Speed Reads

creating change

Unable to find adaptive gear for her son, this mom started making it herself

Lisa Radcliffe wanted her son and all kids who wear leg braces to have cool designs to choose from, and when she couldn't find any on the market, Radcliffe got creative.

While chatting with her son Buster's orthopedist, she told him that his clunky braces weren't fun, and if "orthotics looked like superhero gear, every kid would want to wear them," Radcliffe told People. "And he said, 'That's a good idea. Somebody should do that.'" Radcliffe worked in tech, but thought it was time to leave that world behind and start her own company to make adaptive gear for kids.

She launched PunkinFutz in 2016, and her entire family is part of the company (its name is derived from Radcliffe's childhood nickname). Buster, 12, is a model, and Radcliffe's daughter Maddie, 25, helps with packaging. Radcliffe's husband, David, works with her on operations. PunkinFutz makes all types of adaptive gear, including wheelchair bags, fidget toys to help build motor skills, and compression vests for children who have sensory issues.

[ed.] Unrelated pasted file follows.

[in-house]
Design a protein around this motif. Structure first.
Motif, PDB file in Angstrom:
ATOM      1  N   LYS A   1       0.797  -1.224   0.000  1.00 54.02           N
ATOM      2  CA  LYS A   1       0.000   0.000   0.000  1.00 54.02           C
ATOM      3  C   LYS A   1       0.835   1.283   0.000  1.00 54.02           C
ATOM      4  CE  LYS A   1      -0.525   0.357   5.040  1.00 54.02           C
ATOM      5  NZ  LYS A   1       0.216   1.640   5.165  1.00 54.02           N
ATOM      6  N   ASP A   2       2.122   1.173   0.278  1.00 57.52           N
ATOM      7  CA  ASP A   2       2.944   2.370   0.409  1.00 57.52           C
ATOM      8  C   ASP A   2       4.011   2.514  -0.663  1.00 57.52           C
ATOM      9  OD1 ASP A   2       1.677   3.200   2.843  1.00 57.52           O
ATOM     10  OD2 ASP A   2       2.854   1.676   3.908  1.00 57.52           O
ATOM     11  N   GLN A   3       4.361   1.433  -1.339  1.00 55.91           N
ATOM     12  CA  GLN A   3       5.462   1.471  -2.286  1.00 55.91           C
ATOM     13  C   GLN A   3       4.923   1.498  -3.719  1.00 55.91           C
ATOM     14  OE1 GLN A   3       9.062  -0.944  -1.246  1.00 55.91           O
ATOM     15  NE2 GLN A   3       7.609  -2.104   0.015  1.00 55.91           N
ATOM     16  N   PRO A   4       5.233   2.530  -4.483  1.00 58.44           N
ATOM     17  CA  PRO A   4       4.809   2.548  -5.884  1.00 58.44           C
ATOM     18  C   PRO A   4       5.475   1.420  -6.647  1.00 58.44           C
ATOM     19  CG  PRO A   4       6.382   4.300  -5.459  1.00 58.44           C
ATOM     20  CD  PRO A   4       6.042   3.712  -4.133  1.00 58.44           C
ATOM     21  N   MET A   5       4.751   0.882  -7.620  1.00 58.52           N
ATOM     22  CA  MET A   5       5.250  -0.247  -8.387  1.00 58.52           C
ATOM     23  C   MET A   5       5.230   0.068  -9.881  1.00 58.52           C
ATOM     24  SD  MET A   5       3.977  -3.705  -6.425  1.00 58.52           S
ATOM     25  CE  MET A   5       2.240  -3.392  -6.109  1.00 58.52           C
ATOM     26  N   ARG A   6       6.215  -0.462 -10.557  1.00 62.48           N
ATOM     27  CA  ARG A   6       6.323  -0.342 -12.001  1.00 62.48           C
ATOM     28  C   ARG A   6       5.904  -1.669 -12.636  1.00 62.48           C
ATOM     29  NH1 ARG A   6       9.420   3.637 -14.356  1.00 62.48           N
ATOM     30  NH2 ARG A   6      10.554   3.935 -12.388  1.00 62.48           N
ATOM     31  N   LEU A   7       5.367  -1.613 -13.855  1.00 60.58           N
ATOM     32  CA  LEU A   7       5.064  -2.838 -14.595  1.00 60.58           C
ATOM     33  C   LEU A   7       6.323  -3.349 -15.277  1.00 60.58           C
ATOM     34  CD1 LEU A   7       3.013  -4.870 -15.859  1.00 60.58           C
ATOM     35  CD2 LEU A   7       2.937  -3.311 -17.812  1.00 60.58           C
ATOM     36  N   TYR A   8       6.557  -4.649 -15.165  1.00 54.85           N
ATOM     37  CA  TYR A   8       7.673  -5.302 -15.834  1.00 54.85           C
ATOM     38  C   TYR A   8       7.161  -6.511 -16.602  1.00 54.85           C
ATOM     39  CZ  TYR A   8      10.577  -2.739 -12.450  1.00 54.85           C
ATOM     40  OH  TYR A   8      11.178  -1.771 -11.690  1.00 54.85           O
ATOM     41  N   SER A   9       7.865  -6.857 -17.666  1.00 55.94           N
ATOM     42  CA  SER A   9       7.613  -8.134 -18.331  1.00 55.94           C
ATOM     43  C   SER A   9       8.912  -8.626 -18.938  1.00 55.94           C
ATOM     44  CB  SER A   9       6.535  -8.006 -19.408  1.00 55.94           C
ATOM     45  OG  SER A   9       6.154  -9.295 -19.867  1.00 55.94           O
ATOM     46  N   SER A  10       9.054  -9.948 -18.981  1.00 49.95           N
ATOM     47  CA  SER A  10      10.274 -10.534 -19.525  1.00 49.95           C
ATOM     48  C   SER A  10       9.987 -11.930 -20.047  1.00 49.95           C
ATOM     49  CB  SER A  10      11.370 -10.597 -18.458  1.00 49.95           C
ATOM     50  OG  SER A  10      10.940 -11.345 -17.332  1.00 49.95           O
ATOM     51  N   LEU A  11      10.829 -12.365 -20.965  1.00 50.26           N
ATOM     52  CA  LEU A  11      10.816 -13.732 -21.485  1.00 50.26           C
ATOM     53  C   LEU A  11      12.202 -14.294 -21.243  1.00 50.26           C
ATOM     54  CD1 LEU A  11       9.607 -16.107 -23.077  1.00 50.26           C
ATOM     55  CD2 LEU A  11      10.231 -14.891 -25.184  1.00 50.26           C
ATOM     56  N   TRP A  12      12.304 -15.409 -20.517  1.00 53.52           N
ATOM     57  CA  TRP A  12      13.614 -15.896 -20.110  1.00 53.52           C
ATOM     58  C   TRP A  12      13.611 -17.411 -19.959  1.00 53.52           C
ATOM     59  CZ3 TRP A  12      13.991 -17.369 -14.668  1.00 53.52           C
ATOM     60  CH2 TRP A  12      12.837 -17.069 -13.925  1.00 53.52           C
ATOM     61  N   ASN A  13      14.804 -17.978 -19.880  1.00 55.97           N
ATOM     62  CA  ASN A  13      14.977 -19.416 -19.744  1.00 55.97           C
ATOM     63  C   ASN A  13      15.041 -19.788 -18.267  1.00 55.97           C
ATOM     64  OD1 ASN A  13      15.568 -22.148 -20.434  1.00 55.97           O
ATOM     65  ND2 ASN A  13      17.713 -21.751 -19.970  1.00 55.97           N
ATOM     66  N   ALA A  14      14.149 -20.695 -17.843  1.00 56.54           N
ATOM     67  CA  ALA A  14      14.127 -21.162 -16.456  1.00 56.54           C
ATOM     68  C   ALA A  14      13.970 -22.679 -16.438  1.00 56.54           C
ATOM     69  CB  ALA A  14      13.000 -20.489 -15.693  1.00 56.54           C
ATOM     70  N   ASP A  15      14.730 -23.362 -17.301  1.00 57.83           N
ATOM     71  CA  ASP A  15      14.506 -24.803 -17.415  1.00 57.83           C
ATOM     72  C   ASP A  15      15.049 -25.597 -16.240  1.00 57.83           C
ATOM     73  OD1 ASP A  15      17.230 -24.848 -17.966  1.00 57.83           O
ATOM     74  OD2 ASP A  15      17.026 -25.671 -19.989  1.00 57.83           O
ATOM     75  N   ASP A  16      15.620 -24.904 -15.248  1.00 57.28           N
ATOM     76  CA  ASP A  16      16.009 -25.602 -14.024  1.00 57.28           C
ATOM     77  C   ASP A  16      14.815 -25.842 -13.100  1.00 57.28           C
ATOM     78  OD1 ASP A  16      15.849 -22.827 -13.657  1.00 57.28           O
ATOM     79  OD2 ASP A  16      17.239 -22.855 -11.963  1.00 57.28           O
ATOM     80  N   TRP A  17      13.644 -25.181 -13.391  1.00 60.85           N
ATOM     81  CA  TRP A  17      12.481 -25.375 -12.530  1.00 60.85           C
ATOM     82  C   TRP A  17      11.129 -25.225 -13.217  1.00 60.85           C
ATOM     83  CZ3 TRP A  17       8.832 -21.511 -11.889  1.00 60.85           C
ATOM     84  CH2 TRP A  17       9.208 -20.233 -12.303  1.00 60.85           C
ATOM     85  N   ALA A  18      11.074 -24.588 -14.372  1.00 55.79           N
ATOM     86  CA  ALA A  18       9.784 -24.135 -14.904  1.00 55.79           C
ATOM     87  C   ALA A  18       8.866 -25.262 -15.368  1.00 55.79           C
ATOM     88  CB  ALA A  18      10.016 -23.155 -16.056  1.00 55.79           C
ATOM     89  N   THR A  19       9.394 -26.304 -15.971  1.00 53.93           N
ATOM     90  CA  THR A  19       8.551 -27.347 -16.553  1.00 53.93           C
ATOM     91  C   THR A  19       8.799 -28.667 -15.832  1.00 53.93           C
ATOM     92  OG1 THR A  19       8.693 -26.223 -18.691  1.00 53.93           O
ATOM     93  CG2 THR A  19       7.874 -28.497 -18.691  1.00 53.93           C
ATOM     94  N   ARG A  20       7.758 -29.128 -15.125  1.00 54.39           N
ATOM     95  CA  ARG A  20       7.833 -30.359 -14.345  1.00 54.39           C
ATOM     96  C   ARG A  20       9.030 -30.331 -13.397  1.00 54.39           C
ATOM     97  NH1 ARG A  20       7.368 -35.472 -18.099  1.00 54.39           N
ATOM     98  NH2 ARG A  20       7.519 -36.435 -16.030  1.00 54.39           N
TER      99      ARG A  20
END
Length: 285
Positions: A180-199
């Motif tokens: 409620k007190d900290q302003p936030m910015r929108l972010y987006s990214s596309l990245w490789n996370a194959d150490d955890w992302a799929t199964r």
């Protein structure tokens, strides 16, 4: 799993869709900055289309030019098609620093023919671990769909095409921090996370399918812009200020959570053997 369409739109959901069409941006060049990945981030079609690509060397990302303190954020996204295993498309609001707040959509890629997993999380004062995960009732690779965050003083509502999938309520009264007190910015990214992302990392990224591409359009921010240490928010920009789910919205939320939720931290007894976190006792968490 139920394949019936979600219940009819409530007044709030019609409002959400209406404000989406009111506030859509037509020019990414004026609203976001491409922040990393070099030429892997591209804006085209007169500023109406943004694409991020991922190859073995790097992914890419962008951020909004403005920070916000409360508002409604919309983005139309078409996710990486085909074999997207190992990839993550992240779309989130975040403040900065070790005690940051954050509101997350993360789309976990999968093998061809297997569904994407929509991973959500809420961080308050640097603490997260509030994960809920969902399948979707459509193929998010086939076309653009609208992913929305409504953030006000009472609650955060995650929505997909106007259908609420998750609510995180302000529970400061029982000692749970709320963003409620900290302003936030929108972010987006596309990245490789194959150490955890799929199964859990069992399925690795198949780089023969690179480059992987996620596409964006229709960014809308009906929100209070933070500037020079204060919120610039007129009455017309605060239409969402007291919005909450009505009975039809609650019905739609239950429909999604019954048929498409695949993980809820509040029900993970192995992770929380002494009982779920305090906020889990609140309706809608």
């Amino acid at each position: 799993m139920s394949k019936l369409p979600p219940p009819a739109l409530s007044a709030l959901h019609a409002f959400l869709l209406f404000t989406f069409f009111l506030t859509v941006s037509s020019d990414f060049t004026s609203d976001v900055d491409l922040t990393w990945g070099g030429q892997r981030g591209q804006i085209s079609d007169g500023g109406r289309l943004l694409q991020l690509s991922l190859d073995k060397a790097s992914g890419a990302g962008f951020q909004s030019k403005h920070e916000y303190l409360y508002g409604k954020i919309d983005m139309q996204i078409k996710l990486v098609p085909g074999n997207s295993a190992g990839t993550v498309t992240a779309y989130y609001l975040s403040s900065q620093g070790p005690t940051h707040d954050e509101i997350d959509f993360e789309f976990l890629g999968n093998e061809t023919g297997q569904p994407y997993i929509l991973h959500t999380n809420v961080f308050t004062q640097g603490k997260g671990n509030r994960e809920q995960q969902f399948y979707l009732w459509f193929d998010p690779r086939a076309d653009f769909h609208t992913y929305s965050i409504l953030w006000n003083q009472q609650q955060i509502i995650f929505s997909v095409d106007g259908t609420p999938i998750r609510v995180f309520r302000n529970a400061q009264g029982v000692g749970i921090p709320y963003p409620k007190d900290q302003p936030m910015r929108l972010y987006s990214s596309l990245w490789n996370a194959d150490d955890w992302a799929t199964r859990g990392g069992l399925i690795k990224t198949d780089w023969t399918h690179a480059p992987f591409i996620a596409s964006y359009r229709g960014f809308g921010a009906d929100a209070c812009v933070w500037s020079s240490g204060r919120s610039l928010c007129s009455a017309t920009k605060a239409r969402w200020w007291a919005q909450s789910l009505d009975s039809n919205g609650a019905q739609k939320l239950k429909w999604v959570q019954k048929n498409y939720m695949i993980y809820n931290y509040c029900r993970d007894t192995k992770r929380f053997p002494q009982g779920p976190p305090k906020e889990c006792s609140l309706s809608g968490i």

All of the gear is designed in tandem with occupational therapists. Additionally, about 75 percent of the company's staff has special needs. They share their experiences living with cerebral palsy or being deaf, and that is worked into the products, which are "better because of them," Radcliffe told People. "When we talk about diversity, equity, and inclusion, you can't really have that conversation and leave out disability, which is what I think we've been doing. So that's a mission for us — making people aware of how much value there is in employing adults with disabilities." 

Nationwide, about 80 percent of adults with disabilities are unemployed, which is "abysmal," Radcliffe said. Her goal is to open an adaptive factory in New York City, so she can hire more people with special needs. "This is my life's work," she said. "This is what I need to be doing."